On Feb. 15, the Alberta Royal Canadian Mounted Police (RCMP) announced that protesters who erected a blockade of trucks in support of the Freedom Convoy convened in Ottawa at the Coutts border-crossing in southern Alberta have voluntarily left after several days of protest against Canada’s strict COVID-19 measures.
RCMP spokesperson Gina Slaney said the protest had cleared out significantly by 11 a.m. Tuesday morning, allowing traffic to resume across the border in both directions.
Video of the final moments of the blockade has surfaced online showing protesters shaking hands with and hugging RCMP officers who have been monitoring the protest since it began roughly two weeks ago.
Marco Van Huigenbos, one of the protest organizers, told the state-funded Canadian Broadcasting Corporation (CBC) that he would have “loved to stay” until more goals of the protest were achieved; however, he felt it was in their best interests to leave peacefully.
“We’re not walking away with everything we came for, but there was definitely some huge wins,” Van Huigenbos told the CBC.
Alberta premier, Jason Kenney, announced an end to the province’s vaccine passport program dubbed the “Restrictions Exemption Program” on Feb. 8. He denied that the decision to pull the program was made in response to the blockade.
The ending of the blockade comes one day after RCMP officers arrested 13 people and seized a cache of firearms and ammunition reportedly in connection with the blockade.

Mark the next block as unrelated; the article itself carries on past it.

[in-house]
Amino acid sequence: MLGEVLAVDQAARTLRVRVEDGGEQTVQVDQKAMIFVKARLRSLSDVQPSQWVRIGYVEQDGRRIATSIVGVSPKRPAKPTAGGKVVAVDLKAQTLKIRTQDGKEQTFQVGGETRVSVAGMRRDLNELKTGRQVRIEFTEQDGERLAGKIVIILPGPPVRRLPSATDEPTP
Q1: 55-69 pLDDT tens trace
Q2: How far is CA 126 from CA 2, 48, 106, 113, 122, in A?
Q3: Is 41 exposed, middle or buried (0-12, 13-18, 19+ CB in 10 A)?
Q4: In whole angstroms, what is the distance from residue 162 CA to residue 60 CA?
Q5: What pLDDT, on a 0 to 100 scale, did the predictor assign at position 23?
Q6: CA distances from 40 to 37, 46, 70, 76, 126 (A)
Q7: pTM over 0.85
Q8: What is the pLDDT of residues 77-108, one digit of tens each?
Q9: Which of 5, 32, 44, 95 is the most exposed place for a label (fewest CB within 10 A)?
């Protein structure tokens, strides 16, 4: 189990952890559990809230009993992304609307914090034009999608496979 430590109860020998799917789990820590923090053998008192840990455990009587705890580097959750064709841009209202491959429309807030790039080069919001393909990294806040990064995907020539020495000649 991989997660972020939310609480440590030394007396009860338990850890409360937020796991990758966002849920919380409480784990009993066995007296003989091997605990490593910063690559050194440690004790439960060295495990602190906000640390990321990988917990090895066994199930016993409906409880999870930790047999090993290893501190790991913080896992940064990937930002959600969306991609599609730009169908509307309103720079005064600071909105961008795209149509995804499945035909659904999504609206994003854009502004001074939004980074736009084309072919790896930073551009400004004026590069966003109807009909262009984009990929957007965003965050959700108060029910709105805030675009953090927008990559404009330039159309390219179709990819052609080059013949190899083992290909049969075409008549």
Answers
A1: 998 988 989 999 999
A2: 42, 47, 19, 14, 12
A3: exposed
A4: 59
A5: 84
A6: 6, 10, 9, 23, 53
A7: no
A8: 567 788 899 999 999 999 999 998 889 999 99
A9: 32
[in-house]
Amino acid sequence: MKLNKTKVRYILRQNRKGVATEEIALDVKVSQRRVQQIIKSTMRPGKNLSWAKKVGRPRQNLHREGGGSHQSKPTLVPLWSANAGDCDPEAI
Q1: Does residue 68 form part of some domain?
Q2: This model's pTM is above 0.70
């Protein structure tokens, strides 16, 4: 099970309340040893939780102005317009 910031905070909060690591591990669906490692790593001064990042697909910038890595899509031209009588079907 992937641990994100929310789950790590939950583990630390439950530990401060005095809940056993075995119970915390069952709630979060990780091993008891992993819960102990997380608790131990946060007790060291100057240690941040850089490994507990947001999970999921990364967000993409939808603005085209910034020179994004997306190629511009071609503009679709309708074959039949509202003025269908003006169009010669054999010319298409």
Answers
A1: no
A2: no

Mounties said a raid, in the early morning hours on Monday, uncovered 13 long guns, handguns, a machete, a large quantity of ammunition and body armour. “RCMP also said a semi truck and farm tractor attempted to ram a police cruiser on Sunday,” Canada’s National Post reported.
A similar blockade ended on Monday at the Windsor-Detroit border on the Ambassador Bridge, which resulted in 46 people being arrested, including 90 charges and 37 vehicles and trucks being seized, Newsweek reported.
“There will be continued police presence in the demonstration area to ensure public safety,” authorities wrote in a new release.
While the blockades at the Canada-U.S. border have subsided, the main protest in Ottawa shows no signs of relenting, even after Canadian prime minister Justin Trudeau invoked the Emergencies Act for the first time in the country’s history in a bid to quash the protests.